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Sex, Economy, Freedom & Community: Eight Essays Paperback – September 13, 1994
"The Black Presidency"
Rated by Vanity Fair as one of our most lucid intellectuals writing on race and politics today, this book is a provocative and lively look into the meaning of America's first black presidency. Learn more
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From Publishers Weekly
Copyright 1993 Reed Business Information, Inc. --This text refers to an out of print or unavailable edition of this title.
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"If you destroy the ideal of the "gentle man" and remove from men all expectations of courtesy and consideration toward women and children, you have prepared the way for an epidemic of rape and abuse. If you depreciate the sanctity and solemnity of marriage, not just as a bond between two people, but as a bond between those two people and their forebears, their children, and their neighbors, then you have prepared the way for an epidemic of divorce, child neglect, community ruin, and loneliness. If you destroy the economies of household and community, then you destroy the bonds of mutual usefulness and practical dependence without which the other bonds will not hold."
Why is it that we have our best thinkers like Berry running old family farms, and our worst thinkers running our national government? Sigh.
Not surprisingly, as a Kentucky gentleman farmer, Berry's definition of community centers on the bond between the people and the land on which they live. Modern urban readers may be tempted to dismiss as an old farmer's finger-wagging Berry's accusations against the global economy and its insatiable appetites (a la "Well, when I was a boy..."), but his arguments are sharp-witted, penetrating and thoroughly convincing; I found myself frequently exclaiming to the empty room (or on the train, where I do most of my reading) a self-righteous "Yes!" to his analysis of the myth of the global economy.
Having dropped any guard to Berry's disarmingly kindred spirit, I did find myself challenged in other deeply-held beliefs by his essay "The Problem of Tobacco," in which he argues for the economies and communities of the tobacco farmers with whom he was raised--despite his acknowledgement that smoking is unhealthy and that he himself quit many years ago. But his manner is so straightforward and honest that it feels only just and natural to set aside one's personal prejudices and to examine the underlying issues on their own merits--no small achievement in critical writing.
In all, I found the essays refreshing and powerful not merely for the boost they gave my ego (after all, Wendell Berry thinks like I do!Read more ›
The book is a collection of eight essays written by Berry, all of which deal (sometimes loosely) with the degradation of community. "Community" is a term of art for Berry; it is more than merely a group of people living in close proximity to one another who happen, from time to time, to bump into each other at the store. Rather, community is a defined group of people who live together in a particular place, over time, in a way that fosters a strong sense of togetherness. People who have this type of community have experiences together in everyday life, such as work, play, tragedy, and joy. In community of this nature there is a sense of belonging that most Americans today would not be able to relate to.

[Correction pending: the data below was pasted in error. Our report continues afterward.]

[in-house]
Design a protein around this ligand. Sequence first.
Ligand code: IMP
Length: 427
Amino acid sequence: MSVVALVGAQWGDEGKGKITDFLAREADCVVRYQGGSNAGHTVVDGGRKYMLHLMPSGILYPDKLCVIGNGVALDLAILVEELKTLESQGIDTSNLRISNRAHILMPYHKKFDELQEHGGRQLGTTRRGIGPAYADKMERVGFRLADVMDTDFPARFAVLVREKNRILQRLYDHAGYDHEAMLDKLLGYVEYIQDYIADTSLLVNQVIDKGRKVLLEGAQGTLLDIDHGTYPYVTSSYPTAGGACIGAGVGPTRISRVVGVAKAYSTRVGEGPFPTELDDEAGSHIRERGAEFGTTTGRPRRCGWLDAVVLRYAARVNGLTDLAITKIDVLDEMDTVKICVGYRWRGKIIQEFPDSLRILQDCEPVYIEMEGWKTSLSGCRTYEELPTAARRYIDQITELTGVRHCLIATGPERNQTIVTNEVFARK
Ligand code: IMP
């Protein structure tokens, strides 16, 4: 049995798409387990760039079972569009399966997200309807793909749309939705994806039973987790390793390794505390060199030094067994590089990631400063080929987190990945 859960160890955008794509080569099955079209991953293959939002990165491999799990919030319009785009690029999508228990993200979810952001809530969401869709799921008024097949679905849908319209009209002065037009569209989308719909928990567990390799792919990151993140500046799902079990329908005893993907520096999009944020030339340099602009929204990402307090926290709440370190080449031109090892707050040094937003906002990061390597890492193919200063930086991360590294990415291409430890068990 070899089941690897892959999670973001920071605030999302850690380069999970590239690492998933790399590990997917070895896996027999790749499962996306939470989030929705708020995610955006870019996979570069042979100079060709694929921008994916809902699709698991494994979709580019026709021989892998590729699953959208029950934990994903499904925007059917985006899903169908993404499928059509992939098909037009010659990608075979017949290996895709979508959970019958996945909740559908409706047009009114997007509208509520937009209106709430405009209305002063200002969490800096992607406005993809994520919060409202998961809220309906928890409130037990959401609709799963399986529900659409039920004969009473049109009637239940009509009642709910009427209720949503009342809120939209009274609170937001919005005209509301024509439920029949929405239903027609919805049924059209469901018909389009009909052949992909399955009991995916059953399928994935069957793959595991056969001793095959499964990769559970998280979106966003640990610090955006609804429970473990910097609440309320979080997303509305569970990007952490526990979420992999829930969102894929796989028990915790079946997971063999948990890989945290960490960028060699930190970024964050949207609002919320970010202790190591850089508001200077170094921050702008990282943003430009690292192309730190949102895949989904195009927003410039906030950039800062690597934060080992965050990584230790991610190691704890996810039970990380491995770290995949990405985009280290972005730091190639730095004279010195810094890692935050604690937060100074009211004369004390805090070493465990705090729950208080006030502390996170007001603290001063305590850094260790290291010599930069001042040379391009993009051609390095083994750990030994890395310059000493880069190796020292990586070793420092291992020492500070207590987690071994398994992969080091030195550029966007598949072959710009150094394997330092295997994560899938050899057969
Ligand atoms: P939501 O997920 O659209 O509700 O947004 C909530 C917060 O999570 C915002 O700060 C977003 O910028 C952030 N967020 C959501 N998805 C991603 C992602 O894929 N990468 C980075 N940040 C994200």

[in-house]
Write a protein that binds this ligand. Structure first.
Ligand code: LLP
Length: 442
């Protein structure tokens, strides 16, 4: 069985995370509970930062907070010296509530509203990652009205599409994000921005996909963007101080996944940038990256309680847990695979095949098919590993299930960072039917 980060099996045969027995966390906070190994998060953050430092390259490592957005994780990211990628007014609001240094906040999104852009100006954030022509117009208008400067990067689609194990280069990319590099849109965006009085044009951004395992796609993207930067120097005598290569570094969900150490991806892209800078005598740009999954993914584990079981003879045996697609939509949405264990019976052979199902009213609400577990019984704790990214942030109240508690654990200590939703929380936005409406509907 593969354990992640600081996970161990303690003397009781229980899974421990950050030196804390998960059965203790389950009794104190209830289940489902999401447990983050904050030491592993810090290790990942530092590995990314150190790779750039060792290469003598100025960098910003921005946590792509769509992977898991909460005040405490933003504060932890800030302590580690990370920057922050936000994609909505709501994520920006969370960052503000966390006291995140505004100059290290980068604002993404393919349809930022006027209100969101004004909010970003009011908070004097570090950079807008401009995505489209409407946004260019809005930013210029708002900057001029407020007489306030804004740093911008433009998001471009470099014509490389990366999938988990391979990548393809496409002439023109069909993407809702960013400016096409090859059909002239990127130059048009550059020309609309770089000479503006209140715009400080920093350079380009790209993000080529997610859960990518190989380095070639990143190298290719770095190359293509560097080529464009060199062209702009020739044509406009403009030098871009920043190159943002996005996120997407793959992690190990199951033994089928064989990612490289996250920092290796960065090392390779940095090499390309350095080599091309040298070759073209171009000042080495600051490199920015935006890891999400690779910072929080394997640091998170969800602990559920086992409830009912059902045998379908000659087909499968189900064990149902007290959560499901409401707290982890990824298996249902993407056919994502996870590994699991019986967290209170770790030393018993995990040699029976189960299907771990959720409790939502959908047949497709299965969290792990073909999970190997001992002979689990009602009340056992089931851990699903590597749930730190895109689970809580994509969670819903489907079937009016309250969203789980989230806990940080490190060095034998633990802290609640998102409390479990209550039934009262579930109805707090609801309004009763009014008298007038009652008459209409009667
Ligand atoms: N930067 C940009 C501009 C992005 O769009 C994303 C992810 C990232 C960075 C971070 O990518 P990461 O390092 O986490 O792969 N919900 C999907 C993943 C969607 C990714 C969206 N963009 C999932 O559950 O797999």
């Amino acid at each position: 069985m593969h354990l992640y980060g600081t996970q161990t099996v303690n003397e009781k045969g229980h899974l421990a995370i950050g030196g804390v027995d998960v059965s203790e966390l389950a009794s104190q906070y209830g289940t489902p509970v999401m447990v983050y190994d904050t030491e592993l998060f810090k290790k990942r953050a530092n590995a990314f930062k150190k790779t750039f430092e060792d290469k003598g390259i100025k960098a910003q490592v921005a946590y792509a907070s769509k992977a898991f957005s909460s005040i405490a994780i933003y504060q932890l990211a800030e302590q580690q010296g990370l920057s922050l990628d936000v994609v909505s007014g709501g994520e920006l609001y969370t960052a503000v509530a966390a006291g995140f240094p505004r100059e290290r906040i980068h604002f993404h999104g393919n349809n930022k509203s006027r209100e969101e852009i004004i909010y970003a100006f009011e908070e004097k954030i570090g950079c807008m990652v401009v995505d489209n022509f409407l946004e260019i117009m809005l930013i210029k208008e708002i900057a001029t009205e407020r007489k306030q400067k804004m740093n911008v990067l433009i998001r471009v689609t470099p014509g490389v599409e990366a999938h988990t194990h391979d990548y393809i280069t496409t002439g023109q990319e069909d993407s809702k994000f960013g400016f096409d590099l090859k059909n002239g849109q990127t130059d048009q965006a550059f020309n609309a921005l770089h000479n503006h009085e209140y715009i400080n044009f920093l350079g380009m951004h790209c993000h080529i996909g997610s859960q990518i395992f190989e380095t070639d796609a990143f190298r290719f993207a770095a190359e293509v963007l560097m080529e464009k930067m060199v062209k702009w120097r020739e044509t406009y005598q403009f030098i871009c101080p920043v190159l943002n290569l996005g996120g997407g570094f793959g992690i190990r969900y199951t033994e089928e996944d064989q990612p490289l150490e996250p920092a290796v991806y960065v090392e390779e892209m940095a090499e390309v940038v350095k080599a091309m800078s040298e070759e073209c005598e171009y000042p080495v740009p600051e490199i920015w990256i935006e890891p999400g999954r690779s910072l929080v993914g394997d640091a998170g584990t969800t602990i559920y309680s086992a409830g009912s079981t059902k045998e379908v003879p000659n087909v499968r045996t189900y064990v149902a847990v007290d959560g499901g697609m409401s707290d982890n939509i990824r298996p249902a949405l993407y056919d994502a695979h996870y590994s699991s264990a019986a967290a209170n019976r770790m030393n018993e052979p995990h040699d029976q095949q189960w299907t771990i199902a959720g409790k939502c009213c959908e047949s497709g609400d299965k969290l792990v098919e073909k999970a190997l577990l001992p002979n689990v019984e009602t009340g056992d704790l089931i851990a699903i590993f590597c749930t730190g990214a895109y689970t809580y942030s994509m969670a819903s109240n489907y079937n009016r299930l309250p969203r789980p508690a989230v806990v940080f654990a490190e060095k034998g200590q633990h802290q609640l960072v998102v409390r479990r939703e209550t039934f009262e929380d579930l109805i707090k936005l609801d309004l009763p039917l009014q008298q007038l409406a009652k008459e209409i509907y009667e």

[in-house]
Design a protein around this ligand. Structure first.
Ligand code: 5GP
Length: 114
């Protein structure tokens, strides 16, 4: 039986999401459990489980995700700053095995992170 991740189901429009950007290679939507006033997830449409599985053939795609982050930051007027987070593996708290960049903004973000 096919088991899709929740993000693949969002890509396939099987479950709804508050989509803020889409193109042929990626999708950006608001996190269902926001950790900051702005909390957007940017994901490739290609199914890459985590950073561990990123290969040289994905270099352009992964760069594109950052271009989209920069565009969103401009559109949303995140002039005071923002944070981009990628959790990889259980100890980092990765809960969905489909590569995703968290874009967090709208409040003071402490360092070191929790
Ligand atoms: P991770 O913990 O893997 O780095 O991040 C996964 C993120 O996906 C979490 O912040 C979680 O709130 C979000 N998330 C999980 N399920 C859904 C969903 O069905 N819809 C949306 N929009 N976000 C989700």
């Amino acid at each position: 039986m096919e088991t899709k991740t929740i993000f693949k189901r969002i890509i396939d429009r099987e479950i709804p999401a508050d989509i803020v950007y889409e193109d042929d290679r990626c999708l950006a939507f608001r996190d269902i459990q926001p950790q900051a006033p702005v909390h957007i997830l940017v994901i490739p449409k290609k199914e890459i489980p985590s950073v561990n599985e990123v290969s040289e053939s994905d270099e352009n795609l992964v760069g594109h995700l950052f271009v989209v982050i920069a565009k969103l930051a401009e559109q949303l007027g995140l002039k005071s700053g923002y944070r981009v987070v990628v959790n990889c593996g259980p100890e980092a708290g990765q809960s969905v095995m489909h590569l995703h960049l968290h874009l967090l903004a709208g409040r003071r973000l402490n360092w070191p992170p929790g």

Berry is not the only intellectual (a label I would guess he'd hate hear applied to himself) to suggest not only that our communities are deteriorating, but that this deterioration adversely effects the quality and essence of our lives. For a more empirical approach to the subject, see especially Bowling Alone : The Collapse and Revival of American Community by Robert Putnam. I think when Berry's book is read in light of Putnam's we see not only a picture of the problem but also a recipe for the remedy.
Berry is a challenging author. He is at times very radical, and he sometimes employs demagoguery to press his point.Read more ›
Most Recent Customer Reviews
This is a great book! I really enjoyed hearing from Berry in essay form. However, as someone who is not a farmer, about half of the material was quite lost on me. Read morePublished 15 days ago by Amazon Customer
Wendell Berry is a careful writer, with a close eye on small farms and effective environmental land management by local farmers rather than large corporate Agri-business.Published 3 months ago by Amazon Customer
This book arrived indistinguishable from new, quickly and at a great price. I don't agree with EVERYTHING Wendell says, but we're definitely on the same team planet-wise. Read morePublished 6 months ago by Ed M.
This book is fantastic. I love all the essays and the one essay titled as the same as the book title is outstanding commentary on American Society. Read morePublished 13 months ago by John C.
I appreciated Berry's emphatics' on community, especially in the essay on sex. He has the ability to express difficult concepts in a "down home" fashion. Read morePublished 15 months ago by Henry Carton